Pediatrics: Every second child suffers from headaches

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Pediatrics: Every second child suffers from headaches
Pediatrics: Every second child suffers from headaches

Every second child suffers from headaches

According to a recent study by the University of Göttingen, every second child between the ages of seven and fourteen has suffered from headaches in the past six months. About 6.5 percent of all children have headaches once a week or more frequently. This could not confirm dramatic figures from other studies, says Birgit Kröner-Herwig from the Georg Elias Müller Institute for Psychology, which is conducting the study together with Marion Heinrich and Lisette Morris.

For the study, the scientists used detailed questionnaires in two survey rounds to around 8,800 families with children in Lower Saxony, of which more than 60 percent responded. In addition to the distribution of headaches, the purpose of the survey was to determine which factors promote the occurrence of headaches. The questionnaires contained questions about the symptoms of the pain, about other he alth problems affecting the children and the family, and about possible risk factors such as depression. A third round of the survey is to follow from October to December 2005.

According to the results of the Göttingen study, the first headache attack occurs on average in the eighth year of life, earlier in boys than in girls. Overall, girls have headaches more often, especially from the age of twelve: 13 percent of all 13- to 14-year-old girls complain about weekly headaches, but only six percent of boys of the same age. According to their parents, more than half of all children surveyed had had a headache at least once within the last six months. The number of affected children increases steadily with age, as does the number of those who regularly have headaches.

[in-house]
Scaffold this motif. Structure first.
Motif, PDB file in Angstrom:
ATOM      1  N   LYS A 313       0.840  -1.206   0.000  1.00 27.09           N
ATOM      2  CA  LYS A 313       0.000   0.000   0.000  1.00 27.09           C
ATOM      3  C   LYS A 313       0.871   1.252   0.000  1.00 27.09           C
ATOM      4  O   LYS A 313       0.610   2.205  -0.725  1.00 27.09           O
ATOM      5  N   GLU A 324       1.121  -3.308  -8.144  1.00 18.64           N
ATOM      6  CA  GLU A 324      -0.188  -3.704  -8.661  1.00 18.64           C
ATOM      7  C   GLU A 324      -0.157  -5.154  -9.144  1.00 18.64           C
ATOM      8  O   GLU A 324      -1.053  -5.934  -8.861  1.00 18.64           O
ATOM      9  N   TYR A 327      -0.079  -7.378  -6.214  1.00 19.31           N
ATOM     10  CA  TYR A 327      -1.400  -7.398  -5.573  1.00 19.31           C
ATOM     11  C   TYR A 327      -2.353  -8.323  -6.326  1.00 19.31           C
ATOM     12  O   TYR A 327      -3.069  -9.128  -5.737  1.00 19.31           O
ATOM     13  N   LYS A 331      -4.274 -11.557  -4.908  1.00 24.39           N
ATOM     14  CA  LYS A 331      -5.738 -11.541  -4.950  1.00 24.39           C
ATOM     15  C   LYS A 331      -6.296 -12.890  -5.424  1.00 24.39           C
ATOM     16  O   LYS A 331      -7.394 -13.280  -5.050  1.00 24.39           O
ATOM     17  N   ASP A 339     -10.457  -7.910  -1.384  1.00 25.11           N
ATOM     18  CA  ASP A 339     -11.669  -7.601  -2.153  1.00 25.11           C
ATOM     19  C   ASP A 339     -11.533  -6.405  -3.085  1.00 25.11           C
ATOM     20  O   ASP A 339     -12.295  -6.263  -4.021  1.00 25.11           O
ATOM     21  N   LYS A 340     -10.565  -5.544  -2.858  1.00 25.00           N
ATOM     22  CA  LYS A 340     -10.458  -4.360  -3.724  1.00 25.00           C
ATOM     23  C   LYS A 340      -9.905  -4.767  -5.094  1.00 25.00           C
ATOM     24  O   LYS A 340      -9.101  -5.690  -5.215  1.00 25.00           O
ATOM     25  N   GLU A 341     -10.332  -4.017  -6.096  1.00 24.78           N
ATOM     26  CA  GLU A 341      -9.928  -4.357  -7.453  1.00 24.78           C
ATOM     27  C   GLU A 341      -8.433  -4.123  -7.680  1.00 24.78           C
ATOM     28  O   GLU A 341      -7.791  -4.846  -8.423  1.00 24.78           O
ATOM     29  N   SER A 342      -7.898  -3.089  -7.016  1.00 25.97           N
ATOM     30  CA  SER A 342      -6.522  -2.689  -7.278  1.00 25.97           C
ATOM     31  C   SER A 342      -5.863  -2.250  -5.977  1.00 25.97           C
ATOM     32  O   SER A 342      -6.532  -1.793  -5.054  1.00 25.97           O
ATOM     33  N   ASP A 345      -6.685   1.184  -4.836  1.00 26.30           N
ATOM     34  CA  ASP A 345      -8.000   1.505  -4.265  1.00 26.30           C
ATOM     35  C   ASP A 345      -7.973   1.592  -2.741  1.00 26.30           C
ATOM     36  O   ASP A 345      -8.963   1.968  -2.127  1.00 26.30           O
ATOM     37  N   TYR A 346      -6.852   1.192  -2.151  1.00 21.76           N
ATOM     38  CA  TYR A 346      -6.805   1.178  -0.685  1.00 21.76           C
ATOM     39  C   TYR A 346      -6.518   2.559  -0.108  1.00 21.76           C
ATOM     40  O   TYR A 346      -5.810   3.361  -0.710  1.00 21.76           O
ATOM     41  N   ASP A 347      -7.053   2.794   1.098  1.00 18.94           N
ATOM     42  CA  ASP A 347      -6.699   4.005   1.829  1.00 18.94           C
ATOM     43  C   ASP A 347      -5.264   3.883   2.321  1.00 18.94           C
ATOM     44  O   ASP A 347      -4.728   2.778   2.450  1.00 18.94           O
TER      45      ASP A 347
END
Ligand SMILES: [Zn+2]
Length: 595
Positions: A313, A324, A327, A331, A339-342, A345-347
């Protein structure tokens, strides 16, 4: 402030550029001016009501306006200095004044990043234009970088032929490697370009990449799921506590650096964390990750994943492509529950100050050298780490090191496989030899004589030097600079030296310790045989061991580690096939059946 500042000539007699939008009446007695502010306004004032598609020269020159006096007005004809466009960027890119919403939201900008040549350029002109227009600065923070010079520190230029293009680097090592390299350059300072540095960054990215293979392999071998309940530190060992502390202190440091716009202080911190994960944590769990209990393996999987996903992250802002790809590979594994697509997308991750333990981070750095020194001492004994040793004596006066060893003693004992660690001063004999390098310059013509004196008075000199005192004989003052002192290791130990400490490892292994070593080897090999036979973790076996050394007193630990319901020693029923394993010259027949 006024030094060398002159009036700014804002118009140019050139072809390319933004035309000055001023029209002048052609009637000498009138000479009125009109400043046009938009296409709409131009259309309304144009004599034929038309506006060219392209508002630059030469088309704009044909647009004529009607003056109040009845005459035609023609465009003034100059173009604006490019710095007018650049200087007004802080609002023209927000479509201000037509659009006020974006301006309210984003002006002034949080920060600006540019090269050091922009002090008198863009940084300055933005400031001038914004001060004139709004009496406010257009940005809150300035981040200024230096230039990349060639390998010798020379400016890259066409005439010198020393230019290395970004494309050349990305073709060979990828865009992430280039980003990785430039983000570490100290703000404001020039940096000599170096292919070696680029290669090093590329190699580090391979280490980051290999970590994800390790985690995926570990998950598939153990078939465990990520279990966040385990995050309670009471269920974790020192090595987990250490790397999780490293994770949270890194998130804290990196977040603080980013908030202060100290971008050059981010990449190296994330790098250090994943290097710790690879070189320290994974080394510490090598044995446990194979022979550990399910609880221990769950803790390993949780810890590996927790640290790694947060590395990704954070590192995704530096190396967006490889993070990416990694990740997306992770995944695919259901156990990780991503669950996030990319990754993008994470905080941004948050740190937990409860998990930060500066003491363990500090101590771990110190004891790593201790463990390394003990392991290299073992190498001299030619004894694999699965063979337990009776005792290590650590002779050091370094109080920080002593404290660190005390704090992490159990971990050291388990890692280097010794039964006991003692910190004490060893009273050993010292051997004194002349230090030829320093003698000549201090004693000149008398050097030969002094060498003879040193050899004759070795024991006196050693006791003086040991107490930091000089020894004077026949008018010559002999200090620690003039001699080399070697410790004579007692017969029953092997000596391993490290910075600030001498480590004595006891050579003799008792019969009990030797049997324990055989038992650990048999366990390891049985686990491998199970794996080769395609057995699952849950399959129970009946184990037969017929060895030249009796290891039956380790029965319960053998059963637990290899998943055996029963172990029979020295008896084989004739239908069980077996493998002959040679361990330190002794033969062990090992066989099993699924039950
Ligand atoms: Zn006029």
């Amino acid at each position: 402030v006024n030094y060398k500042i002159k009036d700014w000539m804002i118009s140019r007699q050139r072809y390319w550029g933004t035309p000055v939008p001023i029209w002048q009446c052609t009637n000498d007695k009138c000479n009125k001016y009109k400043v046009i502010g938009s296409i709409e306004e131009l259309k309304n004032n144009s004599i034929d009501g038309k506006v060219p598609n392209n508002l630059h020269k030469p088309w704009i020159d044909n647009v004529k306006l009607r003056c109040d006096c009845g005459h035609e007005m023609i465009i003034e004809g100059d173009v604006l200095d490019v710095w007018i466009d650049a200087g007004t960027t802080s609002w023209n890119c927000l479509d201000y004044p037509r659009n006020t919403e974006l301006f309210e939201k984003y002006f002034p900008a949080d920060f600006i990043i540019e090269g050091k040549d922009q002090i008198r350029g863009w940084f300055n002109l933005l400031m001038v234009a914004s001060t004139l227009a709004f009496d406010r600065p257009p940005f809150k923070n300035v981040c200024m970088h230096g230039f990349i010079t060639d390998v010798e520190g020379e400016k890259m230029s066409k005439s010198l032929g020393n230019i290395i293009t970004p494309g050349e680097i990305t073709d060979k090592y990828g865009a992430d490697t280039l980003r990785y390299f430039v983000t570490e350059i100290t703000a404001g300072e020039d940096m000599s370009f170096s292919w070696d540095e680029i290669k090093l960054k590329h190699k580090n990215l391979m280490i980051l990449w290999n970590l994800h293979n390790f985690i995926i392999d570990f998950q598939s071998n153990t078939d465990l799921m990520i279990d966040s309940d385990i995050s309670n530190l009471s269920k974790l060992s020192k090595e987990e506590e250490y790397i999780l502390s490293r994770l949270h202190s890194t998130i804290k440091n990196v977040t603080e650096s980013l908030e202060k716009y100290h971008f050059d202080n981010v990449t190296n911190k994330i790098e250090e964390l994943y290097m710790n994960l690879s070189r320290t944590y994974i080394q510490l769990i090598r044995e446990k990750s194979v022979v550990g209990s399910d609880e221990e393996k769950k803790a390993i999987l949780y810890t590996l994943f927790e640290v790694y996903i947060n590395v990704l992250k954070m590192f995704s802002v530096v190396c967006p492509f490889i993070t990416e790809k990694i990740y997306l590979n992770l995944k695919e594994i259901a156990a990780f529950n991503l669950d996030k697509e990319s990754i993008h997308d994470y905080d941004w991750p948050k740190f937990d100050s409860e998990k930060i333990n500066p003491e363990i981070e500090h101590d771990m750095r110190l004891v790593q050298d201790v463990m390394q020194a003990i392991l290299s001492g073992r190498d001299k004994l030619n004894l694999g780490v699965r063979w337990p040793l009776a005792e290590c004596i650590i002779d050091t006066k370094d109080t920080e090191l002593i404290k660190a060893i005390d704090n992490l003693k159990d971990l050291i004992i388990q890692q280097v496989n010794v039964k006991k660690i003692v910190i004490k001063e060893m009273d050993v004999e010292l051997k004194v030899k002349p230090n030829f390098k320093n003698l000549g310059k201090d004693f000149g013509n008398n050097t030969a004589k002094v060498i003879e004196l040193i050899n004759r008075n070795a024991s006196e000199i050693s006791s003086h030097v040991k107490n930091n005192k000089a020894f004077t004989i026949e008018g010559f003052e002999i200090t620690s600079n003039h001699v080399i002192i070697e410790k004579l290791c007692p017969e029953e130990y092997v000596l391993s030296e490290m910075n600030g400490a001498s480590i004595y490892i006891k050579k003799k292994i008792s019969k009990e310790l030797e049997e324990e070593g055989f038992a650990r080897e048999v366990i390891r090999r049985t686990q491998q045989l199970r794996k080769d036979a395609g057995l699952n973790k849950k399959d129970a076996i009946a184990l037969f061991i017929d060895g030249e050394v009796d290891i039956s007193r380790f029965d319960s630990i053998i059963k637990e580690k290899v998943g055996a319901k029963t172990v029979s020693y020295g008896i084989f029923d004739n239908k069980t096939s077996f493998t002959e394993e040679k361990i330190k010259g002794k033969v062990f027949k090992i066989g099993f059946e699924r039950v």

According to Kröner-Herwig, family socioeconomic status showed no significant relationship to headache occurrence. A significant, if not overweight, factor is living in a single-parent household.

As the scientist further explains, around 7.5 percent of children are affected by migraines. This is the type of headache that is most debilitating. A seizure is rated as very painful on a scale of zero to ten with an average rating of six. According to Kröner-Herwig, migraines lead to absenteeism and considerable impairment at school. According to the psychologist, there is a close connection between headache and other types of pain such as abdominal and back pain, so that one can speak of a special sensitivity to pain.

Other he alth problems are also associated with the occurrence of headaches. School stress and critical life events are other possible stress factors that promote the occurrence of headaches. © Georg-August University of Göttingen

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